China Doubles Wind Watts

Trumping rivals in wind energy despite dismal returns

3 min read

China is notorious for its accelerating consumption of coal, which will soon push it past the United States as a leading producer of greenhouse-gas emissions. But China is also rapidly becoming a world leader in wind power. Its fleet of wind turbines more than doubled in generating capacity in 2007, surging by over 3 gigawatts, according to the Global Wind Energy Council. That's less power capacity than China's coal sector adds per week, but it's enough to make China the third-fastest-growing wind market worldwide (behind the United States and Spain) and propel it to fifth place in the Global Wind Energy Council's annual capacity rankings (ahead of even wind-energy pioneer Denmark).

Sebastian Meyer, director of research for Beijing consultancy Azure International Technology & Development, predicts that China will add another 4 to 5 GW's worth of wind turbines in 2008, thanks in part to new standards announced late last year that mandate a greater reliance on renewable energy. If Meyer is right, China will close out 2008 with at least 10 GW of installed wind capacity--twice the country's target for 2010. Meyer says that wind farms are going up faster than China's grid operators can connect them to regional transmission lines. ”Incredibly, up to 2 GW of the capacity out there at the end of 2007 was installed but not yet commissioned,” says Meyer. He expects those wind farms to be connected soon.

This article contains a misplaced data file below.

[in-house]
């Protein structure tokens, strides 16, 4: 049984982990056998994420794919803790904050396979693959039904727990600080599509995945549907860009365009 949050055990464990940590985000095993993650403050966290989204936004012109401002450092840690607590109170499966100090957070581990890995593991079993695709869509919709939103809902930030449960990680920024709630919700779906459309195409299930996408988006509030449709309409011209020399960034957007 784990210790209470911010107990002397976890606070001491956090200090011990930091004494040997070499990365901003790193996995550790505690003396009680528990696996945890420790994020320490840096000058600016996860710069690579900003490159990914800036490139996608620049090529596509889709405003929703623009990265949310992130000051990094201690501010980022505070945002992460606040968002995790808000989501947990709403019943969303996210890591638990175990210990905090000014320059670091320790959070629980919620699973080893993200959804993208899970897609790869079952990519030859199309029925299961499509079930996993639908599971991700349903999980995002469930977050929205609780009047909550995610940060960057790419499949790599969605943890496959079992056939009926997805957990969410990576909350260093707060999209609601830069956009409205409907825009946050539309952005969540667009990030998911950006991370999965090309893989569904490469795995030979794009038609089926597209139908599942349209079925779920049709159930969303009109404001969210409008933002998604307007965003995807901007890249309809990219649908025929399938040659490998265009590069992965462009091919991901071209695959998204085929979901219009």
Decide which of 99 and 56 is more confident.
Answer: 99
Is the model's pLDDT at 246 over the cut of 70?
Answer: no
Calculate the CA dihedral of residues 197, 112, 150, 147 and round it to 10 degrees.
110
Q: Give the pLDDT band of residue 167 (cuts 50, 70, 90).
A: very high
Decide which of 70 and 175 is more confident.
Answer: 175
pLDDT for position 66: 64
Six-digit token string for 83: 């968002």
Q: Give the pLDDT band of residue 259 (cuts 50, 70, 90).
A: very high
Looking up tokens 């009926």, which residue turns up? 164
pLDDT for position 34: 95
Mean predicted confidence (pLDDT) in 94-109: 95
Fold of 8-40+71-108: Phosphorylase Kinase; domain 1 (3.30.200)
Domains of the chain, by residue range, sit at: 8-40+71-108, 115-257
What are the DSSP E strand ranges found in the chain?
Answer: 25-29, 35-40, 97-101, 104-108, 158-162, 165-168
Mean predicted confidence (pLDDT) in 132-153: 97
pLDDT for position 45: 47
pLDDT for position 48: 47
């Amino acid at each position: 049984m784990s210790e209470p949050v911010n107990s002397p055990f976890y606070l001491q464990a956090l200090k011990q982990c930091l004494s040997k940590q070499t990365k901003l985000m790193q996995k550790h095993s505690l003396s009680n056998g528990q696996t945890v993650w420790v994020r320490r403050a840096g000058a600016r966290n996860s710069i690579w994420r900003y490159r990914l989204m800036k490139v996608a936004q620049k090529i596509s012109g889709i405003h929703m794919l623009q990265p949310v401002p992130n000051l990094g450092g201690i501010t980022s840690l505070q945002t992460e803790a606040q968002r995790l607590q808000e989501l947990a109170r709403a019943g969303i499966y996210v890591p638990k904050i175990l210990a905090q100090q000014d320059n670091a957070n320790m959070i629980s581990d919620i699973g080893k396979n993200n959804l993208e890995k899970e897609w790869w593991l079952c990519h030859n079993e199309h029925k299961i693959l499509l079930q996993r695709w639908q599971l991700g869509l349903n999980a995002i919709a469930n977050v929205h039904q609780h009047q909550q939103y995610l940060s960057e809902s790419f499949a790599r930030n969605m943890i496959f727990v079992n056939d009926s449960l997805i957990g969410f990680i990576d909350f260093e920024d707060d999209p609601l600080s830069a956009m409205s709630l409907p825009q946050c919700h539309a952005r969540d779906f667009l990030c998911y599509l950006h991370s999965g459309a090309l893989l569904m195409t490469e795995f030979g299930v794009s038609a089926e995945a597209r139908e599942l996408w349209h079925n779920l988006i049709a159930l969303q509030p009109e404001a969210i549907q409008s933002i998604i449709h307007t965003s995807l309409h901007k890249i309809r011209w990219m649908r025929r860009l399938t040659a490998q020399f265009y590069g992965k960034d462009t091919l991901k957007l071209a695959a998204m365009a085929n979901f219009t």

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This photograph shows a car with the words “We Drive Solar” on the door, connected to a charging station. A windmill can be seen in the background.

The Dutch city of Utrecht is embracing vehicle-to-grid technology, an example of which is shown here—an EV connected to a bidirectional charger. The historic Rijn en Zon windmill provides a fitting background for this scene.

We Drive Solar

Hundreds of charging stations for electric vehicles dot Utrecht’s urban landscape in the Netherlands like little electric mushrooms. Unlike those you may have grown accustomed to seeing, many of these stations don’t just charge electric cars—they can also send power from vehicle batteries to the local utility grid for use by homes and businesses.

Debates over the feasibility and value of such vehicle-to-grid technology go back decades. Those arguments are not yet settled. But big automakers like Volkswagen, Nissan, and Hyundai have moved to produce the kinds of cars that can use such bidirectional chargers—alongside similar vehicle-to-home technology, whereby your car can power your house, say, during a blackout, as promoted by Ford with its new F-150 Lightning. Given the rapid uptake of electric vehicles, many people are thinking hard about how to make the best use of all that rolling battery power.

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